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15 Sep 2008
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A Summary of Your Rights As An Airline Passenger . . .

That is the extent of your rights when you step onto an airplane (or "INto" an airplane as George Carlin liked to point out) according to Marc Britton. He should know - he's an attorney who was once General Counsel at Expedia and now runs his own legal advice website called Avvo.

He recently wrote a succinct article on this topic at the Journey etc. website

Airlines cannot discriminate against you by selling your seat to someone better looking or more pleasant. Nor can they punch you if you get on their nerves. But beyond that, the sky is the limit, as pilots like to say.

And who gives them the right to treat you like cattle? You do. When you buy a ticket, you agree to abide by their terms in the Carriage Agreement that they print on their tickets in microscopically small and very light type.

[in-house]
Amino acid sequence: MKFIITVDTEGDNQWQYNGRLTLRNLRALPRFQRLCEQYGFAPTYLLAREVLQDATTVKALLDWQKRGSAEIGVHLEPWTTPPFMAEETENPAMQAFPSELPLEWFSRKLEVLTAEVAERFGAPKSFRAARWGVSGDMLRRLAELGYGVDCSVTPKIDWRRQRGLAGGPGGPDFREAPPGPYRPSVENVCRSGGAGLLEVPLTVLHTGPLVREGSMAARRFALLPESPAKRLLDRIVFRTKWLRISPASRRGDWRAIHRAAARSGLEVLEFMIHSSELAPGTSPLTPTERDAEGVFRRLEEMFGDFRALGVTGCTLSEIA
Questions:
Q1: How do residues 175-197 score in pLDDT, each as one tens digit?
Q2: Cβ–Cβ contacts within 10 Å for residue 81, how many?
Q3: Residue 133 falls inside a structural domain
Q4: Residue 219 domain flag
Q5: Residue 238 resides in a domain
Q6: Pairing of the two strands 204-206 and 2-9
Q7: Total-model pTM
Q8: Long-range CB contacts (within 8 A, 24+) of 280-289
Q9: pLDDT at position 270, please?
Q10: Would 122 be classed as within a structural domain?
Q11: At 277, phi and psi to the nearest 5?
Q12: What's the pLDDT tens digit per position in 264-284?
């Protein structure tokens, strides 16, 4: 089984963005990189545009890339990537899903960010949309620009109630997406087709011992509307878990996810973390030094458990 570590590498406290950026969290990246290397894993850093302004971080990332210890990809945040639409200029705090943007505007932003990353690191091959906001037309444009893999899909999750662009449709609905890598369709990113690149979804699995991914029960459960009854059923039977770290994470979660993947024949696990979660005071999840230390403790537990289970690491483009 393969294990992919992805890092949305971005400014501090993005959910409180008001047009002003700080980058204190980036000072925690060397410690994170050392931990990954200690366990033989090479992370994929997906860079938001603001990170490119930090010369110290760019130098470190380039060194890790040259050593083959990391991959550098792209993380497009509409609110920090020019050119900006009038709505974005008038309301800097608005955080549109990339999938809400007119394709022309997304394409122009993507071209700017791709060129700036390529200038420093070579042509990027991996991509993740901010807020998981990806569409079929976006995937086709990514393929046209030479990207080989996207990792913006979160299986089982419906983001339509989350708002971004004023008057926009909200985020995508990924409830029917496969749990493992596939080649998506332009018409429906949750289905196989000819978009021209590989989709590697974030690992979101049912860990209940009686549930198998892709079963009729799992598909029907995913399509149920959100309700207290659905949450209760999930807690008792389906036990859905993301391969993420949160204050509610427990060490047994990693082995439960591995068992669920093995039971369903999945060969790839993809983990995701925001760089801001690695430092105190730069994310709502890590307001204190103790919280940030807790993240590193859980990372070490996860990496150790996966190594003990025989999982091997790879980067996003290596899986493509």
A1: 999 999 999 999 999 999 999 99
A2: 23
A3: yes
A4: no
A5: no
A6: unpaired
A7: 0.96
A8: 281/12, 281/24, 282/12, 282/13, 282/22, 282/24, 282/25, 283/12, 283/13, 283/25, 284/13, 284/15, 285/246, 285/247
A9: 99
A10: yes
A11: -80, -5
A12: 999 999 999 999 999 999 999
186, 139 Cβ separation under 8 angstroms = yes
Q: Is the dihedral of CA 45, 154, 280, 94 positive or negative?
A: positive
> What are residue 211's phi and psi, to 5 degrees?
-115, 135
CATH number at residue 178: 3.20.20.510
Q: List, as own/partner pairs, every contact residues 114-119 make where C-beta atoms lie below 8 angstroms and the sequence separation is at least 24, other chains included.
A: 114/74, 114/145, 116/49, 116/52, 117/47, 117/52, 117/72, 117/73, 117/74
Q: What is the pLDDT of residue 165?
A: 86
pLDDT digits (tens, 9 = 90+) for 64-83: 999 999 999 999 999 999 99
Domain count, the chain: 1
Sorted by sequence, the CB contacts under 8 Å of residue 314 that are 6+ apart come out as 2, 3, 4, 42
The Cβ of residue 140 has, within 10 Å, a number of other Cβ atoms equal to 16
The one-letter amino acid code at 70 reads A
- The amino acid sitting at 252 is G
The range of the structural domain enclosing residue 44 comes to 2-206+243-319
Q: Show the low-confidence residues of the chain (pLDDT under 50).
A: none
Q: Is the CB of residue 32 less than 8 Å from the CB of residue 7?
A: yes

However, they are not heartless bastards. Bastards, yes. But not heartless. Maybe we should qualify that with the word "usually" not heartless. They are a slow, inconsistent, ungainly, and profitless bureaucracy. They are frightening to deal with but you don't have a choice if you need to get somewhere far within a reasonable period of time. And, like a strikingly similar bureaucracy, you do have a vote but the choices are not great and probably don't make a difference in the long run.

I wrote an article last Nov 24 about Rule 240 that gives you a little bit of a fighting chance sometimes. You can learn more about the Rule at the Peter Greenberg travel website..

Air Sickness Bag (and humor) from European flight operator Hapag-Lloyd Express

(c) 2008 except the photo Jeff Connor
posted by  grunhaus at  22:41